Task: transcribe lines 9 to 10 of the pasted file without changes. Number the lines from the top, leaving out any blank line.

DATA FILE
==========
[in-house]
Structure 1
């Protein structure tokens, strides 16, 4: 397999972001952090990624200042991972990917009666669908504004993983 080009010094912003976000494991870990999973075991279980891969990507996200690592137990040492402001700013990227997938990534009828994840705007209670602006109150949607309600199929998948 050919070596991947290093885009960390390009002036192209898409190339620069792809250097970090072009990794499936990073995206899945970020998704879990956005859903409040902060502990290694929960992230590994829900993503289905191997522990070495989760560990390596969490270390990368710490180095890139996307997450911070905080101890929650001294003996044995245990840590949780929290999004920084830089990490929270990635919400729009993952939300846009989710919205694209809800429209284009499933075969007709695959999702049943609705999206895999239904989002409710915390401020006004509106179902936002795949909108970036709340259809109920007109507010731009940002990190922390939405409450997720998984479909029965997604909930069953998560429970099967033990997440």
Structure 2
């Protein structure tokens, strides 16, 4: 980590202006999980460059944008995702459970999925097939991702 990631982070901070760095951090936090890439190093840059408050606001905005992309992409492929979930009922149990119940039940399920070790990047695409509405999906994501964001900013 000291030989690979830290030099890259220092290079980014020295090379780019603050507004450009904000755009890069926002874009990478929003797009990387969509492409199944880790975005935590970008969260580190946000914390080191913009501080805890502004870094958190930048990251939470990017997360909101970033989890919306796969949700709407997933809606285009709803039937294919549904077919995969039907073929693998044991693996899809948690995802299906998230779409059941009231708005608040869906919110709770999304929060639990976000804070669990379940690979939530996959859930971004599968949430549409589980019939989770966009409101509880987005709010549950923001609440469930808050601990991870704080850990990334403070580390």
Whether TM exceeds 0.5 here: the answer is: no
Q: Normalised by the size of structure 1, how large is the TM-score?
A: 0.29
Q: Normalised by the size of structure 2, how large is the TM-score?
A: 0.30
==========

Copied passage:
Q: Normalised by the size of structure 2, how large is the TM-score?
A: 0.30